Task: Create A Home Operating System Part 4: Main Floor
Here we examine the areas where we eat and then pass out in front of the TV after eating too much.
Remember the rules: We mention the room and questions to get your mind thinking of possible scenarios. You, or the person who knows how everything works, should write down notes and snap some photos if you think it’ll help. Don’t forget to use the same notebook or digital document from these previous Home Operating System tasks: Common Areas | Security & Automation | Basement
Rather than get specific like we did in the basement task, you want to concentrate on function. Think about your major appliances:
- Dish Washer
- Garbage Disposal
Do these require any special instructions? If one conks out, are they under warranty? Is it worth hiring someone to repair it or is it time to upgrade? (If it can be repaired, is this person in your Home & Vehicle Maintenance Contacts?)
You might not want to waste your time providing details about small appliances — microwave, blender, crockpot, toaster, steamers, mixers, coffee maker, juicer. These are usually easily replaced unless they have a long warranty, or you went super high-end. Most normal people don’t toss away a classic espresso machine because the froth isn’t frothy enough.
The same goes for cooking and serving equipment. If it’s a cheap set of pans you picked up at Target on sale, ignore it. If it’s a serving bowl that was handed down from your great-grandmother, you’ll want to make a note of that when we discuss family heirlooms in a separate task.
The kitchen is also one of the areas of the house where you can make an immediate impact today when you do a walk through. If there are things you haven’t used in a long time — we’re looking at you, egg cooker — consider working it into your routine or donating it. We collect so many things we think we might one day use, but when that day seldom comes it’s time to make space for things you actually use.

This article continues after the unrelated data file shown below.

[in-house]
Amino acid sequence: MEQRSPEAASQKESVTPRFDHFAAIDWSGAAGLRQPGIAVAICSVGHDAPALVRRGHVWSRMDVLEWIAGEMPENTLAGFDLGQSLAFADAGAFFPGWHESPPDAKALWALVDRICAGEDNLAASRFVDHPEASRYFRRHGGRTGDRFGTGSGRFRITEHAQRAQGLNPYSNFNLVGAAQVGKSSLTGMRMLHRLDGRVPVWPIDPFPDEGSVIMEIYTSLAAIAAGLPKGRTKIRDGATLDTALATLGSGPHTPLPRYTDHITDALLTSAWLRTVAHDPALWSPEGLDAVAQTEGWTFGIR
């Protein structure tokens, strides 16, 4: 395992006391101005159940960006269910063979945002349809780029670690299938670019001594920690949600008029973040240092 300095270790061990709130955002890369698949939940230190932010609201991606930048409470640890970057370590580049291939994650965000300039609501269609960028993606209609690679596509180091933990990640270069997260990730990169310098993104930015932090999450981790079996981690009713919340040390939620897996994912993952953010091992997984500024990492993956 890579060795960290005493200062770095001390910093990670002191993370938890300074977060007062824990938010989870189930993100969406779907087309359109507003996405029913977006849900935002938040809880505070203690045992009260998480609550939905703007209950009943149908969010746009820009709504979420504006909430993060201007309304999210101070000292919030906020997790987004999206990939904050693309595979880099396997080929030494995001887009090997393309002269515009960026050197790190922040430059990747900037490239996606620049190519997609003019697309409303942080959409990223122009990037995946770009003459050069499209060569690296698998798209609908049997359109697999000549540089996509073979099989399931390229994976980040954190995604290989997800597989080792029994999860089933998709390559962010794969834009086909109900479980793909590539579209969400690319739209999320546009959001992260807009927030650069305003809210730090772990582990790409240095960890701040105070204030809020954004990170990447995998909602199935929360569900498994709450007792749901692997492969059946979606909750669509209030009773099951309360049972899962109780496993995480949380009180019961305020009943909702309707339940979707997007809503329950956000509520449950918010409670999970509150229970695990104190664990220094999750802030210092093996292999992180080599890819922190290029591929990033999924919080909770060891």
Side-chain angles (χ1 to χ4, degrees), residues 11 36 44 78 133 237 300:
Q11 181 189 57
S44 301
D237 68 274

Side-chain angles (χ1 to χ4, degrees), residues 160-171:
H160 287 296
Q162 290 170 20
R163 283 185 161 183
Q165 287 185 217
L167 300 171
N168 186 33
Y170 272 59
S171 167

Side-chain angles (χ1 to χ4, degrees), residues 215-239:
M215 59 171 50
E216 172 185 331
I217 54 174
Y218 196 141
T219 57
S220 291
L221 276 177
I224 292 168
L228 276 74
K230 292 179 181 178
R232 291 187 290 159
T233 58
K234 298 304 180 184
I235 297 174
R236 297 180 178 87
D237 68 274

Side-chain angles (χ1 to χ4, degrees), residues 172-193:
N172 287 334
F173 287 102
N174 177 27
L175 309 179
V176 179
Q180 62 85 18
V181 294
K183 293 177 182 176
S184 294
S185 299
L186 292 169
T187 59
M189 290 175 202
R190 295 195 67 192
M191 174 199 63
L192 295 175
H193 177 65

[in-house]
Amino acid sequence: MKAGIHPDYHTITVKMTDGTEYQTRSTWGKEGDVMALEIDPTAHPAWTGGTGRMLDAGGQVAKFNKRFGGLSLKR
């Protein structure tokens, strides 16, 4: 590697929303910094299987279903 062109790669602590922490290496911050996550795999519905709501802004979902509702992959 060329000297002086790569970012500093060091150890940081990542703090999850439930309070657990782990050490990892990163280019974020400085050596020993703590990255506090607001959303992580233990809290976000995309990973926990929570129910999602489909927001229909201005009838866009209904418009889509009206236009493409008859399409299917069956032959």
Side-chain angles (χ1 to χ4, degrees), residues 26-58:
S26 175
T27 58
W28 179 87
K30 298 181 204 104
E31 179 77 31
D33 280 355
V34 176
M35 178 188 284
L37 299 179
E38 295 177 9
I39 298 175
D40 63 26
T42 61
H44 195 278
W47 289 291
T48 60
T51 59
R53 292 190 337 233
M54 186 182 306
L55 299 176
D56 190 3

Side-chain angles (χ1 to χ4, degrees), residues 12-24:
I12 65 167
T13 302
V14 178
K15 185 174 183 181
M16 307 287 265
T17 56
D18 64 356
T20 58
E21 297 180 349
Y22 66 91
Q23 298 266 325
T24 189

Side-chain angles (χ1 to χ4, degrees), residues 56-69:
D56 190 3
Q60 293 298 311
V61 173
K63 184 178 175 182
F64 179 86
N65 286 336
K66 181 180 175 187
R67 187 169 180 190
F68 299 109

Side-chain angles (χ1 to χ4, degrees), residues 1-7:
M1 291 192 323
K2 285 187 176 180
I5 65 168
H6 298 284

We’re about to hit the entertainment nerve of the home, so it might get a little nerdy. It’s also the place where things can get overly complicated and messy as you add new components to your system.
Start out very simple: How would you explain the easiest way to watch TV to a 90-year grandpa?
Do you have cable or satellite? (How you pay for it goes in the Organize Your Home Utilities task.) Have you cut all the cords and use an Apple TV, Roku, Chromecast, gaming console (Xbox or PlayStation) or other set-top box to access your shows and movies? Is the sound through the TV or do you have a separate surround sound system? What is your remote situation? Are you the type of family that plays remote roulette, with a stack of them on the coffee table and you hope to pick the right one? Or have you consolidated your system with a universal remote, like the ones from Logitech, which provide instant access with the touch of a button.
If you have a more complex system, it’s up to you to make it simple, like printing out a piece of paper with easy to read instructions. For example:
- Press “Cable” on the main remote
- Set the TV to Input 2 (Input button on TV remote)
- Set the surround sound to SAT/CABLE (or leave it off and watch TV like a caveman)
Watch Apple TV
- Press “Apple TV” on
- Set the TV to Input 4
- Set the surround sound to “Device 1”
See how easy it can be to understand. We even had a system like this in our Everplans office written on our whiteboard walls to explain how to use different inputs on our TVs for meetings. This also helps with troubleshooting because it slyly gives all the details. If they go to watch cable, and the screen is blank, they can look at the sheet, notice the TV input isn’t correct, and fix it without hassling the person who set it all up.
Don’t fret about the actual streaming services like Netflix, Prime, or Disney+ which we cover in another task. For now, only pay attention to the hardware. It might not be as interesting as binging a new season of Ozark, but it allows everyone to watch whatever they want at all times without any tech hassles.
Walk through your kitchen and den/living room and seek out things that need to be explained. Now’s your chance to get this all on paper (or digital doc) pushing your Home Operating System to the halfway mark.
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